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Thursday, September 23, 2010

In My Footsteps: Trip 71: Grafton, Mass.

In My Footsteps
Christopher Setterlund


Trip 71:  Grafton, Mass.
August 18, 2010


            All good things must come to and end and for me my trip to the awe inspiring Blackstone River Valley ended in the sweet little town of Grafton.  It is the home of a genuine Native American village belonging to the Nipmuc tribe.  It is known as the Hassanamisco Reservation and that name has sometimes preceded the Nipmuc tribe in Grafton.  They are also known as the Hassanamesit or Grafton Nipmuc as well.
Looking across the green at the Grafton Inn
            Originally settled in 1718 the town is named for Charles FitzRoy who was the second Duke of Grafton in Wales.  Much like the other towns I visited in the Blackstone River Valley, Grafton has a classic small town feel and is filled with beautiful scenery wherever you look.
            Though there are many spots to see I found that a great way to get a feel for what Grafton is all about is to take a walk around Grafton Common.  I was lucky to find a parking spot facing the small town green which made my walk that much easier.  The Common is like something out of a postcard or magazine, to me it was as if every building and every home had meaning and significance.  This also explains why I basically took photos of every building and home as well.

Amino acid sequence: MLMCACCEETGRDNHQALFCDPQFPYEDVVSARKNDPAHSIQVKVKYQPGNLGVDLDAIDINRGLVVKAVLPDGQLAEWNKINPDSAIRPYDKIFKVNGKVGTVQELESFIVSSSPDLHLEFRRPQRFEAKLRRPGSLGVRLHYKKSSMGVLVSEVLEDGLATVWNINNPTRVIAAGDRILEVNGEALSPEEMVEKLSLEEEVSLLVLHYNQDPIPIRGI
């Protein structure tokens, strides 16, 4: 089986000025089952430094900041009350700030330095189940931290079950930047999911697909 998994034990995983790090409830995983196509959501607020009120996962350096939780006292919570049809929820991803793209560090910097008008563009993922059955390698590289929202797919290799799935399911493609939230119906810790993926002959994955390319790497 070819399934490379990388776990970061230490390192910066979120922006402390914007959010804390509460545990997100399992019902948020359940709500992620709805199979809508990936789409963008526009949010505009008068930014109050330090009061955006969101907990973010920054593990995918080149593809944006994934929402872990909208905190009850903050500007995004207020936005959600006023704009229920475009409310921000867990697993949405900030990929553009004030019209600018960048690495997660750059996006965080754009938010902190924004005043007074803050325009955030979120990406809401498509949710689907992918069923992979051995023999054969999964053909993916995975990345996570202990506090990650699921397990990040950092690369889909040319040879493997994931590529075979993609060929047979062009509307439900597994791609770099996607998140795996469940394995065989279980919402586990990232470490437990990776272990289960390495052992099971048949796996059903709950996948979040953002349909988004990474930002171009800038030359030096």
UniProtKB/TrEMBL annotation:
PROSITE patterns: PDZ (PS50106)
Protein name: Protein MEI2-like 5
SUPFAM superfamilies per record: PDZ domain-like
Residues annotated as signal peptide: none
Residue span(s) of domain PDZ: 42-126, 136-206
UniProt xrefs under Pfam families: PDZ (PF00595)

Grafton Country Store
            At the southern tip of the Common is a statue of 19th century inventor and Grafton native Jerome Wheelock.  He generously left a large gift to the town in his will.  The Lovell Stowe house is actually a pair of identical homes built in 1830 and separated by a narrow driveway.  I found it unique that despite being two unattached dwellings they kept the same name for both.
            As I walked northeast around the Common I passed the Grafton Public Library, a beautiful brick building set back a little from the street.  The 200-year old Grafton Inn comes up next as you head north.  It still holds on to its colonial-style inside and out.  Not only is it a very popular restaurant the Grafton Inn also doubles as a Bed & Breakfast.  
            Most of the old buildings around the Common still house what they were originally built for, however, there are a few that contain newer businesses.  One such building is the Civil War-era brick building which was the former Town Hall.  It currently holds the Grafton Historical Society and Museum but is also home to a few newer businesses including a wine shop and boutique.  Although I find old buildings that have stayed the same for long periods of time interesting there is a part of me that is just as fascinated with buildings that retain their appearance but house different occupants. 
Incredible scenery of the Blackstone River Valley.